Quite often we find that the person who takes charge of a team at the outset is often superseded by another player by the end of the game.
This most often occurs if a player tries to exert their leadership before having the relevant solutions to back up their assertions.
One of the great things about Escape Room Games is that as none of the players know what they will be confronted with, its a level playing field. Therefore a team will follow the player who either provides solutions or calmly organises the information gleaned in the room.
When corporate teams play Escape Room Games you will often discover some surprises in change of hierarchy of a team when compared to how they behave in the work-place. Hence making Escape Room Games perfect for discovering team-work, communication and leadership skills.
1 in 5 people have never come across a combination briefcase before. This means that they have no idea the buttons slide outwards to open.
It’s something that, if you know, you take for granted. But 20% of the time we have discovered that our hosts will need to explain what to do with the buttons after a combination has been set.
We, and many other Escape Room Games have noticed that on one particular day or even week, a series of teams will exhibit a behaviour that we have never seen before. These teams are usually unconnected, do not cross each other paths and yet they each do the same thing.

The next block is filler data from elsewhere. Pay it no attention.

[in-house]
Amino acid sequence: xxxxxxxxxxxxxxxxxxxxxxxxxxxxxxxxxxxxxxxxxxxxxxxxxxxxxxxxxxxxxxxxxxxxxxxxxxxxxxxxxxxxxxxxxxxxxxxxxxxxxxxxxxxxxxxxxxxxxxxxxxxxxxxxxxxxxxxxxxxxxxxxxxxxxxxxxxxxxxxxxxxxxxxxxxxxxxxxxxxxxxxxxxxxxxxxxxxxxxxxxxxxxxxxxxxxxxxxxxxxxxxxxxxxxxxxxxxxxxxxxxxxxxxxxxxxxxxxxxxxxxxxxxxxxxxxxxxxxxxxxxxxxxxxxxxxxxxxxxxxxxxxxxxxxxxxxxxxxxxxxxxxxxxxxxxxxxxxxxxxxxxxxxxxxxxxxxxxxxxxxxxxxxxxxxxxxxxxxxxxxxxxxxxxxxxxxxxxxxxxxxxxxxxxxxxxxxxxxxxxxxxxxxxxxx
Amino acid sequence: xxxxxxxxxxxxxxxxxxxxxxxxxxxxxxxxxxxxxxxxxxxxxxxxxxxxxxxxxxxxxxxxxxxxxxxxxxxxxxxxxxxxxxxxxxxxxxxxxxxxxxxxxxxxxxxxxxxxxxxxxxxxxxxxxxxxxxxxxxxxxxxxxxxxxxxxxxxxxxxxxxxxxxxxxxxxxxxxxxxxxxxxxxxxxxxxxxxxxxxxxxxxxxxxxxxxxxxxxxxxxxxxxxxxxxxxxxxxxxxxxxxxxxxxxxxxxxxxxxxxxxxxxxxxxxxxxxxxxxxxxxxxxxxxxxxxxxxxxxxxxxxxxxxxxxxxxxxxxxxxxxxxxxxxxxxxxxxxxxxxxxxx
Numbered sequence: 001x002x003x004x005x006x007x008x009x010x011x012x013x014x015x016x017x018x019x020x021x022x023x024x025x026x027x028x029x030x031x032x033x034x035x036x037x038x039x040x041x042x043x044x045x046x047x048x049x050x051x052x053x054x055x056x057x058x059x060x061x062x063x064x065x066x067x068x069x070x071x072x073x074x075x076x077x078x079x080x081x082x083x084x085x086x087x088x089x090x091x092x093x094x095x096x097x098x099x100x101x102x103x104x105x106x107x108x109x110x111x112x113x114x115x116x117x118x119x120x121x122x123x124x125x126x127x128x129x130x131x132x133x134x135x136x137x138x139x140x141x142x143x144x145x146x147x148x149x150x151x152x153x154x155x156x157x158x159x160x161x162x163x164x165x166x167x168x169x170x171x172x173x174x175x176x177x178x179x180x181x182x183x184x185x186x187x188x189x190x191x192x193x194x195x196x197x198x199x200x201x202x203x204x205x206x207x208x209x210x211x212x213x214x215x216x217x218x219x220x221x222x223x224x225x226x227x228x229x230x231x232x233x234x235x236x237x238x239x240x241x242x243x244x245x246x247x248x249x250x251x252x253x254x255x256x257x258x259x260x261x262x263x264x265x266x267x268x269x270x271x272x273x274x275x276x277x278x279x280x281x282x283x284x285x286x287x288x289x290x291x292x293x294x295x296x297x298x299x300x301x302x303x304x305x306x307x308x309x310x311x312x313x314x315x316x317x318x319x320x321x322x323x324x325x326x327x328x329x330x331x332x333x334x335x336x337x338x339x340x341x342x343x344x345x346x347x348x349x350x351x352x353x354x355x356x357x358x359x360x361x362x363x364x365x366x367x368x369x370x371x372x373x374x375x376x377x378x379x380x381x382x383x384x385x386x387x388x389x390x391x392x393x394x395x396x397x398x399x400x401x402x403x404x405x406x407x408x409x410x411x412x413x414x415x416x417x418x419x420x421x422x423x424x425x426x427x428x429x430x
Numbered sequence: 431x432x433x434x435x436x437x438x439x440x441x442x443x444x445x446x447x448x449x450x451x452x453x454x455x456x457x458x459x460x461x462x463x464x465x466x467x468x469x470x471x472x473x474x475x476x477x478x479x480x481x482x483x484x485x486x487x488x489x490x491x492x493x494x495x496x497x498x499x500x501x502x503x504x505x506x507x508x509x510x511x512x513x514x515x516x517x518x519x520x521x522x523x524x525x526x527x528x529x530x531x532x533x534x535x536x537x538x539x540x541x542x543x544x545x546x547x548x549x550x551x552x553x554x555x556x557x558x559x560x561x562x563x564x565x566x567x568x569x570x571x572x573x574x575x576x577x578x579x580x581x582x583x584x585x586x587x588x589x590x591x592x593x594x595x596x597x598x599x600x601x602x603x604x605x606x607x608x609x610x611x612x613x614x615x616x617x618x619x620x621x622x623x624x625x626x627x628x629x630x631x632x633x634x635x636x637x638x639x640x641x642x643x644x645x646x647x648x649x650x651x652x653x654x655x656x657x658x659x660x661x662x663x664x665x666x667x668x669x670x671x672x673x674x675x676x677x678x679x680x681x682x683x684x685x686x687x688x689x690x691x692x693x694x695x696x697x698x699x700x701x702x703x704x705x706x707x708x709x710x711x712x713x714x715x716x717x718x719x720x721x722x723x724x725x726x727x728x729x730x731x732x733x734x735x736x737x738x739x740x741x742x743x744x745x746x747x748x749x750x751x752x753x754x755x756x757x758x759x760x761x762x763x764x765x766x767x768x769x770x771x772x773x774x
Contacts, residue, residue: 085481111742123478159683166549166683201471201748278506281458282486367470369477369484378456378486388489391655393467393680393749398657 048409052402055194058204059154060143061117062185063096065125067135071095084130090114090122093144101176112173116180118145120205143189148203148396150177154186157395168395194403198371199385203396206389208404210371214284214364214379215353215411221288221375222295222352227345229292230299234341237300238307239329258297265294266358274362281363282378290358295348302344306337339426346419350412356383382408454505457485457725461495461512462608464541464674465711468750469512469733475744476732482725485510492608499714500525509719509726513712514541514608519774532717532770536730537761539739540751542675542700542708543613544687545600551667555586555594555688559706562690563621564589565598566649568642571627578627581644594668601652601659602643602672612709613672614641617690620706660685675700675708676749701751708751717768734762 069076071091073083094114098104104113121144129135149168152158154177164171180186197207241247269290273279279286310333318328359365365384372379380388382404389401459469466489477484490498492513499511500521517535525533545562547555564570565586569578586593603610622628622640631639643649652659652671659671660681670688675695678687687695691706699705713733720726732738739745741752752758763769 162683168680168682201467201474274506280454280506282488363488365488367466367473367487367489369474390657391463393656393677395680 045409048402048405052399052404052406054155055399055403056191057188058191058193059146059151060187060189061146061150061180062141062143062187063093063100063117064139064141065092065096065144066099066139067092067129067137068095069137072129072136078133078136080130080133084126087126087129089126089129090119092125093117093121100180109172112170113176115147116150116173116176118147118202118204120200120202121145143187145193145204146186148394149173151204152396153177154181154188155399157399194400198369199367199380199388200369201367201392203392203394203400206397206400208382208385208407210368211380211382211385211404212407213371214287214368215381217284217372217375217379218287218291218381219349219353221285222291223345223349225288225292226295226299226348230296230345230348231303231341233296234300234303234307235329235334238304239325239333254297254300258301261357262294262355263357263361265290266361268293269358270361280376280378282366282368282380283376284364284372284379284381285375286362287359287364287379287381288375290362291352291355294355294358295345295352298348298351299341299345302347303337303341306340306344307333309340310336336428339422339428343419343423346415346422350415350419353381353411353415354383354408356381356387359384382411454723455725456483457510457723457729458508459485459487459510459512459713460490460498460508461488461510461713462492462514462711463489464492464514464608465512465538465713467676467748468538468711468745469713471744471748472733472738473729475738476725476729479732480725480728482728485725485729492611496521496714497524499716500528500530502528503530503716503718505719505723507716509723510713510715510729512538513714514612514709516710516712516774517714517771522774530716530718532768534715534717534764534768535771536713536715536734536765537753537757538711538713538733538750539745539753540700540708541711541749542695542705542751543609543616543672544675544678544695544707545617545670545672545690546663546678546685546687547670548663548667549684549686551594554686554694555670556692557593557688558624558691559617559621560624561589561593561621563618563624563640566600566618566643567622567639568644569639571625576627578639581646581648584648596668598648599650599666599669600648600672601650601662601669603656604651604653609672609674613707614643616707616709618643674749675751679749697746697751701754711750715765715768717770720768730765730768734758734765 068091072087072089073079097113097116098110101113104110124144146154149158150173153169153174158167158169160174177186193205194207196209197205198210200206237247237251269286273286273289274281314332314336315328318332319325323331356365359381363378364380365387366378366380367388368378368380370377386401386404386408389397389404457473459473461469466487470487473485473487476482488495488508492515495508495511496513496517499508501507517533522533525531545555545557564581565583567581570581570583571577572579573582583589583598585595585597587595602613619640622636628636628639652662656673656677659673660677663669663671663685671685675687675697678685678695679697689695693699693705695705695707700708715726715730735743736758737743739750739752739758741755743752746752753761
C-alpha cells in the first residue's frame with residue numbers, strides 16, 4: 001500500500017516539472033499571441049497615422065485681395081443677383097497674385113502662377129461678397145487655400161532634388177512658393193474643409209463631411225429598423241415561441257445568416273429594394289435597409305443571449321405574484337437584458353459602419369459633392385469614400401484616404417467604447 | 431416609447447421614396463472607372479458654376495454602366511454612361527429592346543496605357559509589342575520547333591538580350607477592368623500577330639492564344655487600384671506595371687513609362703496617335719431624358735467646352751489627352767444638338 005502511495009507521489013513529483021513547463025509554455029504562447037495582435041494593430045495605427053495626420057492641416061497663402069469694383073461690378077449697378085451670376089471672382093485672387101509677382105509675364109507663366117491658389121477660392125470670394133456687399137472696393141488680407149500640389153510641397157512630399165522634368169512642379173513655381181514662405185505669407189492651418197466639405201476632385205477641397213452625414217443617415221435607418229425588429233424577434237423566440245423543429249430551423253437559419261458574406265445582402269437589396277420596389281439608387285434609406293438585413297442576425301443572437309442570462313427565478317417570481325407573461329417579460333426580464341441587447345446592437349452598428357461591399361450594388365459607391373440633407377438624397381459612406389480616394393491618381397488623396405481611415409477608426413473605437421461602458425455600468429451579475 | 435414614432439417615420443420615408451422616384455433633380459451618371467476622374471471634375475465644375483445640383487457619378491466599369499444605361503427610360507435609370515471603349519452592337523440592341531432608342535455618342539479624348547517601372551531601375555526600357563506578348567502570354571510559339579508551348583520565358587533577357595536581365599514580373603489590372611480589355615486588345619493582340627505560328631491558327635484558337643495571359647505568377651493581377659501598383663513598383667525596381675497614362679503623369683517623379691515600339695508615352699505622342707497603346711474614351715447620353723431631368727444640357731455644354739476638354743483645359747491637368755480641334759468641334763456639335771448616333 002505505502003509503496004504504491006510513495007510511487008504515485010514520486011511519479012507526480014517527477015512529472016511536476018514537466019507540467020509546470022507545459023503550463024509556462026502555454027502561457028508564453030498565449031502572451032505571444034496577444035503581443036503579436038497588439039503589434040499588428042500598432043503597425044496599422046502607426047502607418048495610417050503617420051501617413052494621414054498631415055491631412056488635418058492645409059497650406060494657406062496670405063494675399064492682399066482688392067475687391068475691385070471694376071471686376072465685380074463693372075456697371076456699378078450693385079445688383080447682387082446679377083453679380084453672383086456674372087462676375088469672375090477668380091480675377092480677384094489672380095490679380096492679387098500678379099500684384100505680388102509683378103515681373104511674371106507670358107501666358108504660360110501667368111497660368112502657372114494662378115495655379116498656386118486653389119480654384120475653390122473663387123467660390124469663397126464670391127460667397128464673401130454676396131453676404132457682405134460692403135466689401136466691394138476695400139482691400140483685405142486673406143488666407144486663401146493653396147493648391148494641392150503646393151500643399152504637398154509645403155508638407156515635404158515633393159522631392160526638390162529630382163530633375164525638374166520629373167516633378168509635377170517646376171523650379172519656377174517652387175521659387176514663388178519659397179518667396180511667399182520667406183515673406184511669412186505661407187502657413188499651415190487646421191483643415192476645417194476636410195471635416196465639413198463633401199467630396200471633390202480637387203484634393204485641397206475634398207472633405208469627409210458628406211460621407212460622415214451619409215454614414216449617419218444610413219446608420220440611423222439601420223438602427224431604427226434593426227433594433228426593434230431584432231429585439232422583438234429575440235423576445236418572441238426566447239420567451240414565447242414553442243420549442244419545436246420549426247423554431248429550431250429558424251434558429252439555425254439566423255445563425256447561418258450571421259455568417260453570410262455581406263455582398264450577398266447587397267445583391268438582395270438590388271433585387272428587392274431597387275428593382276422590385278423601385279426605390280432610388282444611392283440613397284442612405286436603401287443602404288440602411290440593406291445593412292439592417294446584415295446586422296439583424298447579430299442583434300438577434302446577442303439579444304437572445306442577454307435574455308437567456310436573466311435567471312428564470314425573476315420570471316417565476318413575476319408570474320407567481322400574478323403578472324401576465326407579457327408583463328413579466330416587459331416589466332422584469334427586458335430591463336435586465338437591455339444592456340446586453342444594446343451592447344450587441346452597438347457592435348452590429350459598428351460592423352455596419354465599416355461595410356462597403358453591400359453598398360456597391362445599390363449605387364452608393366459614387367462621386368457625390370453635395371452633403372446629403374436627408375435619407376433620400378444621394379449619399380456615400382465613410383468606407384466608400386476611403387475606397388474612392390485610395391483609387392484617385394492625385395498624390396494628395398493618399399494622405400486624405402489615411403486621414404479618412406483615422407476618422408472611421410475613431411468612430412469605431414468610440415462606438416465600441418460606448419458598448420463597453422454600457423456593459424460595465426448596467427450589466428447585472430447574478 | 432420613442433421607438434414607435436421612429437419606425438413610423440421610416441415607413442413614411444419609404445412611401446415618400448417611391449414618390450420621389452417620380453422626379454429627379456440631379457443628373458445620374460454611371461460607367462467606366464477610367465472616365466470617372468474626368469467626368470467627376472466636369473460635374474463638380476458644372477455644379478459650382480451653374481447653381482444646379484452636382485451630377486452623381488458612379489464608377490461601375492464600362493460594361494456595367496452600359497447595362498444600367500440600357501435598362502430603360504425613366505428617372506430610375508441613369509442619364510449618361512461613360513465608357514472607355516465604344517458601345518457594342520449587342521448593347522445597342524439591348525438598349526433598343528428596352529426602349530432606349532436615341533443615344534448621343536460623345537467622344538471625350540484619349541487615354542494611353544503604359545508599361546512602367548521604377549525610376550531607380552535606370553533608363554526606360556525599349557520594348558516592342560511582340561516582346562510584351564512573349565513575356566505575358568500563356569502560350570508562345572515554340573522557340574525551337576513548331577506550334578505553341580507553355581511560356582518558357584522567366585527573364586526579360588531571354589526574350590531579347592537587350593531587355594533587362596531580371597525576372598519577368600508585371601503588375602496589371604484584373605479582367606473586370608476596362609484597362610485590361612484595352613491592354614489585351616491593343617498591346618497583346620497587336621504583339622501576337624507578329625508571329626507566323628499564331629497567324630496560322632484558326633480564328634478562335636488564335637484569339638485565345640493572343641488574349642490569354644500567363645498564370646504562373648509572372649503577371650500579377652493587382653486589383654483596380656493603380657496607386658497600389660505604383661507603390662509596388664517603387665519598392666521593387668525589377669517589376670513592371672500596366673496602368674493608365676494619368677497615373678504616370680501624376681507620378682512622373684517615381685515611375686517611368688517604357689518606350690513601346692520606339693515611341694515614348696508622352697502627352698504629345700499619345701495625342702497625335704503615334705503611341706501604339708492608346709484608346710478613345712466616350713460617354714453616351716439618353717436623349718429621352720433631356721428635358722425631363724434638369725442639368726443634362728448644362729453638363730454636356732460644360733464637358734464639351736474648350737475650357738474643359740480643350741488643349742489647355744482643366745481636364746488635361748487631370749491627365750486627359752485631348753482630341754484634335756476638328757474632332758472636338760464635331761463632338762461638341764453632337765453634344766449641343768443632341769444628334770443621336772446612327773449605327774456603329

For example we have had a team attempt to use a prop within the game in a very odd manner, in a way that no one had ever done before. Then an hour later, another team does exactly the same thing.
The reason for calling this weird phenomenon the ‘100th Monkey Effect’ comes from a much disputed observation of Japanese Monkeys washing potatoes. Read the full story.
Is it complex psychology or some kind of telepathy from thoughts left inside the Escape Game? We will probably never know.
Yes it’s weird but true, there are many stories of players going to the toilet whilst playing an Escape Room Game. And, yes both number 1’s and number 2’s. We are not sure if nerves get the better of players, or whether they feel they cannot leave the room to use the toilet. We’re talking adults as well as children, granted most cases we have heard of are when a team may have visited a local hostelry before their game. All we can say is, it’s never happened at any of our games, and hopefully never will. We have a toilet for players to use beforehand and if a member of the team got ‘caught short’ whilst playing we’d advise them to ask to use the facilitates. Remember your host can see and hear everything. Mind you, we do know of an Escape Room Game where the goal is to escape a toilet itself.